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VOLUME II

1. [p.19]  Strode received a character certificate (legitimatizing his settlement) in Nacogdoches on March 20, 1835. He was then sixty years old with a wife and ten children. He listed farmer, stock raiser, and laborer as his occupation. The survey for Strode indicated that his land grant was located on the Béxar road between the Neches and Trinity rivers and on the waters of the Neches River. R. B. Blake (comp.), Certificates of Entrance Relative to Admission to Settle in Texas Under Colinization [sic] Laws Contained in Nacogdoches Archives Transcripts; petition and survey, Jeremiah Strode folder, box 49, folder 55, Spanish Collection, GLO.

2. [p.20]  Mexico's liberal colonization program allowed married heads of household to claim 1 league (4,428.4 acres) and 1 labor (177.1 acres).  Single men were eligible for one-third league. Upon settlement in Texas, the colonist had to obtain a certificate of character and to affirm adherence to the Roman Catholic church. In practice, both these conditions were formalities.  The colonists could gain titles to their lands directly from the government or through an empresario.  Essentially, the empresarios were land agents with responsibility for bringing colonists to Texas.  As Gray heard, they could convey acceptable titles.  Each one had a grant set aside and was to receive ten leagues of land for successful settlement of one hundred families.  In practice, the state of Coahuila and Texas (which administered land distribution) made an excessive number of often overlapping grants, and many empresarios failed to go about the work of settlement in a serious manner. David J. Weber, The Mexican Frontier, 1821-1846, pp. 161-78.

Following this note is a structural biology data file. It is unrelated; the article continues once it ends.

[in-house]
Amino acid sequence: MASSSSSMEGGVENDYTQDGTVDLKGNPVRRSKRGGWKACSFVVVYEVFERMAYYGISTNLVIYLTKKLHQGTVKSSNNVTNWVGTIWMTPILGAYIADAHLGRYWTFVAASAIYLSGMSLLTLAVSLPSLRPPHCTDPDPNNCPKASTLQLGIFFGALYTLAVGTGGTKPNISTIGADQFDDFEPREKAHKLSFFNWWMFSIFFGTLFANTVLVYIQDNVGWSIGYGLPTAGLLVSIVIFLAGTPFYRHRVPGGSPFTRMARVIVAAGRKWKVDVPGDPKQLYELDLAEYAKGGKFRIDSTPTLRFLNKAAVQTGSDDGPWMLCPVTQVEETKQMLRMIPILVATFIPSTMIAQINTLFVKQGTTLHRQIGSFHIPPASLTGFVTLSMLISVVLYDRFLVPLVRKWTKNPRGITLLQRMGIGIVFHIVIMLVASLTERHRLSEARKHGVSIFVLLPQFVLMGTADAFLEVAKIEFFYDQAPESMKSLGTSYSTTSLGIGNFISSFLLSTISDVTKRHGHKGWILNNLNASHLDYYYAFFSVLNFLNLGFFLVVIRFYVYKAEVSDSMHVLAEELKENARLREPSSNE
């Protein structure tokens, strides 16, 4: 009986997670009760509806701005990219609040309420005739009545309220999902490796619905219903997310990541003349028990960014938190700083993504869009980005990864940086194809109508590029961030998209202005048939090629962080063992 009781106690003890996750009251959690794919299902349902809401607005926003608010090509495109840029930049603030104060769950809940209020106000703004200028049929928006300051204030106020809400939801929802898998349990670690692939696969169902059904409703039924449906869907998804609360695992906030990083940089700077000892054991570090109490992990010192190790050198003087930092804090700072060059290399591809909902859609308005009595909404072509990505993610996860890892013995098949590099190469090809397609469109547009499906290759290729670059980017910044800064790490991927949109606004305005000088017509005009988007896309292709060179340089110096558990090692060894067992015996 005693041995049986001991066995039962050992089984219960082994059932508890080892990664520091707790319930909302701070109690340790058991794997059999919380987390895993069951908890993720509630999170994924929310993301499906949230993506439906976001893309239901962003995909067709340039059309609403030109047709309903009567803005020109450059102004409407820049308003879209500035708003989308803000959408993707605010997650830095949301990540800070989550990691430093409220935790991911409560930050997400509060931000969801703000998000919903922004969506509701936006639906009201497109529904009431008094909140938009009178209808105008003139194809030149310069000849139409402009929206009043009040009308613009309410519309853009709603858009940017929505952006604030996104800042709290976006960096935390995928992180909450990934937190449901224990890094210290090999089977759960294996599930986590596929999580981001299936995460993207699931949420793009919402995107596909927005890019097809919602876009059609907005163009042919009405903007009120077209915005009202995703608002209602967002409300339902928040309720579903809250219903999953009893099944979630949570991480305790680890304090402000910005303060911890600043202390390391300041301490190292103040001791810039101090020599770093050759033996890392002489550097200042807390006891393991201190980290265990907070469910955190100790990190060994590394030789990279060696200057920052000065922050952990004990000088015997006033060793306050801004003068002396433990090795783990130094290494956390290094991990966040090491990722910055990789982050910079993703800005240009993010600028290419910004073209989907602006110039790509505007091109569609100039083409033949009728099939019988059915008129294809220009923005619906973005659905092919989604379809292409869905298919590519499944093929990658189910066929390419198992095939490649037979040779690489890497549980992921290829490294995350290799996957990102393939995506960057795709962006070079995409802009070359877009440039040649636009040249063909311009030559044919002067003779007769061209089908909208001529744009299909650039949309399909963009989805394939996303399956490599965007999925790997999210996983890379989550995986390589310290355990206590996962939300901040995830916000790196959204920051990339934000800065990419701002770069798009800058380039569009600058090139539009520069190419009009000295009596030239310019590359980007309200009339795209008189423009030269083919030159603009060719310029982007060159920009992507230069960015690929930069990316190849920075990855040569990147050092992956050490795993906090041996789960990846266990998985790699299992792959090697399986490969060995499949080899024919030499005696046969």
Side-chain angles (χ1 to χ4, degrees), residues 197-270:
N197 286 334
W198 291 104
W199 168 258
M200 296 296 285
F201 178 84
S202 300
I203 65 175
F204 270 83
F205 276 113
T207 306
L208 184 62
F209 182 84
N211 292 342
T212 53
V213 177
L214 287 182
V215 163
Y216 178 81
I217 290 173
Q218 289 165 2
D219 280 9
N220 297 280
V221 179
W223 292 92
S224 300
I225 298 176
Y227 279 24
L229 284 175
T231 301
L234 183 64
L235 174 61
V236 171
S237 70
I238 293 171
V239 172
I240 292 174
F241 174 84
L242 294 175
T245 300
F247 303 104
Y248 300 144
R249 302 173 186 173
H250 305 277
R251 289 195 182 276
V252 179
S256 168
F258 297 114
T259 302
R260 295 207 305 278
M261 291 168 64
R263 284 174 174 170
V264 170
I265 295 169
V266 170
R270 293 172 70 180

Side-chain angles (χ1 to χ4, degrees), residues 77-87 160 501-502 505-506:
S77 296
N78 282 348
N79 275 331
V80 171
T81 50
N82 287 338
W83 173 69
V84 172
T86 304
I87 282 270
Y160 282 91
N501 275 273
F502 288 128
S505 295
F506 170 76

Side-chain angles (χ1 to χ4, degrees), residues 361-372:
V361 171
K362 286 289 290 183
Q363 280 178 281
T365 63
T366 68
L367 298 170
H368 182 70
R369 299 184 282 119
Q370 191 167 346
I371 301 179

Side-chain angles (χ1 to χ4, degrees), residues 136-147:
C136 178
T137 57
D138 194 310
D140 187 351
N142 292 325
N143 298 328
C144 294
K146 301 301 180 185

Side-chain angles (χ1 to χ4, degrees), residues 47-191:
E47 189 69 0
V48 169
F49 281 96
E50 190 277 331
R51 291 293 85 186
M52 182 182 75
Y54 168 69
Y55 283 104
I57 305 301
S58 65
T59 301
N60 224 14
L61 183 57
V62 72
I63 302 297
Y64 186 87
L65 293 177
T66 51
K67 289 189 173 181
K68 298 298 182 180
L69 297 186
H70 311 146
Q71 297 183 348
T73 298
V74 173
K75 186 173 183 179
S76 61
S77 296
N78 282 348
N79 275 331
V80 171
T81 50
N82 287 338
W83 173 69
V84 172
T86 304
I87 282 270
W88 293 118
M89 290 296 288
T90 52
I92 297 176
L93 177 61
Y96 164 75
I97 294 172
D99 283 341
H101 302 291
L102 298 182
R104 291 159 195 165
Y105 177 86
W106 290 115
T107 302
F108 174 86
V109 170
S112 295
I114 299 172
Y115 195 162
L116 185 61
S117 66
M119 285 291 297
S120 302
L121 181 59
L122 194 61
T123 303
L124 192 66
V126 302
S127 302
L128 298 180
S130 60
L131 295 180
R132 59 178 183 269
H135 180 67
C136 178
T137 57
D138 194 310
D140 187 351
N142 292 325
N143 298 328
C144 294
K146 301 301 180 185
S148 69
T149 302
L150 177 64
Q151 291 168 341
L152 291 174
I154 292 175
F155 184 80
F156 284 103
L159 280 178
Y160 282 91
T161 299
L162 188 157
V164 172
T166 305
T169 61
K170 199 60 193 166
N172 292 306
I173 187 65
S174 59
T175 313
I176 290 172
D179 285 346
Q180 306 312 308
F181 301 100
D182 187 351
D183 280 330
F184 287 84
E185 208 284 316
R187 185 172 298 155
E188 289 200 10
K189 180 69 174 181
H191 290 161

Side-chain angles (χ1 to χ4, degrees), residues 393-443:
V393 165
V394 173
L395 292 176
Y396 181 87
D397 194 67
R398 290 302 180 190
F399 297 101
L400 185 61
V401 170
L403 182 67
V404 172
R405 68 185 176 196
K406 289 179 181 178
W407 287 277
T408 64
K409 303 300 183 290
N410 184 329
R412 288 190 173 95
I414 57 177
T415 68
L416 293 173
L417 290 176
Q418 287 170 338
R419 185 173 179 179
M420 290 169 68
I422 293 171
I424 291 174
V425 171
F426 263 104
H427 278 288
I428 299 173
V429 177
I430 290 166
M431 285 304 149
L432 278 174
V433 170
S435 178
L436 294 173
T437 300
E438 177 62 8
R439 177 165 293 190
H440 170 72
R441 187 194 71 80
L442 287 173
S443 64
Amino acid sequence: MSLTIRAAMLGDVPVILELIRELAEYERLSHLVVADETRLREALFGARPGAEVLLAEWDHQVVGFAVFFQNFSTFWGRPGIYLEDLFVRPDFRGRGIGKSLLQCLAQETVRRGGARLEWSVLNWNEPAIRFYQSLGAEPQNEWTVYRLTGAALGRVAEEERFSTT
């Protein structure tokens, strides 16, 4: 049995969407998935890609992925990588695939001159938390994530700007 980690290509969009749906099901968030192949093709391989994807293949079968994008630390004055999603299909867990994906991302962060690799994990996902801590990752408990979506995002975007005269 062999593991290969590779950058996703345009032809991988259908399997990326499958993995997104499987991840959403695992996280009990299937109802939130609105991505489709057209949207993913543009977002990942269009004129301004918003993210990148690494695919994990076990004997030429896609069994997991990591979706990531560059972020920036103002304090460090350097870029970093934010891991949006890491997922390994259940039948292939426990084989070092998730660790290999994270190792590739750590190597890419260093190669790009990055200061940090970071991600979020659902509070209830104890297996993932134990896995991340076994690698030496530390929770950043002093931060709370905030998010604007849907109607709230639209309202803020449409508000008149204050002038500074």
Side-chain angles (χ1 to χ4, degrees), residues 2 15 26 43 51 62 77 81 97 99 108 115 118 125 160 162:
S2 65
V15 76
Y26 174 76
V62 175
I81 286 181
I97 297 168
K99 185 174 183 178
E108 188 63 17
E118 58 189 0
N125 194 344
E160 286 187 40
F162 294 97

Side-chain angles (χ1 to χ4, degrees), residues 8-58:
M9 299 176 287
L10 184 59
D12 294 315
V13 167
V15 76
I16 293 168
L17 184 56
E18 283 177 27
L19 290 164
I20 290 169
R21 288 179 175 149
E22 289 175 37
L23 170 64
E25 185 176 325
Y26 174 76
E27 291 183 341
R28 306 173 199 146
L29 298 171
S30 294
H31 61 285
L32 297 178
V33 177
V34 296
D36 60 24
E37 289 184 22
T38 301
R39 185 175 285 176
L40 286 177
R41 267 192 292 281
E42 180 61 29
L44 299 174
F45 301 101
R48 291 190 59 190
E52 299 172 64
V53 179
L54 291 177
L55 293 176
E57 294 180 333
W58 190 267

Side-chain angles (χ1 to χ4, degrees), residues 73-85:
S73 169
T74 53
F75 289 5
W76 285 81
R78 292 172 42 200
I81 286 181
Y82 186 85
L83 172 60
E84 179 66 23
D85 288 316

3. [p.21]  The term "nullifier" refers to those who advocated the doctrine of nullification, a state's rights theory of John C. Calhoun of South Carolina, published with anonymous authorship in the South Carolina Exposition and Protest in 1828.  Shortly thereafter, Calhoun became vice president in the Jackson administration, but the issue exploded into the Nullification Crisis of 1832-33, resolved largely by compromise.  Essentially, Calhoun's theory provided that a state could declare a national law null and void.

4. [p.22]  Since 1820 the United States government had been selling Choctaw and other Indian lands as the native Americans were removed. New lands in the northern half of the state became available in 1832 for $1.25 per acre.  Margaret Swett Henson and Deolece Parmelee, The Cartwrights of San Augustine, p. 17.

5. [p.27]  John A. Quitman, born in New York on September 1, 1798, received training as a lawyer before moving to Mississippi in 1821.  He was the state chancellor 1828-34, and in his capacity as president of the state senate served as

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The Diary of William Fairfax Gray, from Virginia to Texas, 1835-1837
Copyright 1997 William P. Clements Center for Southwest Studies
Southern Methodist University, Dallas, Texas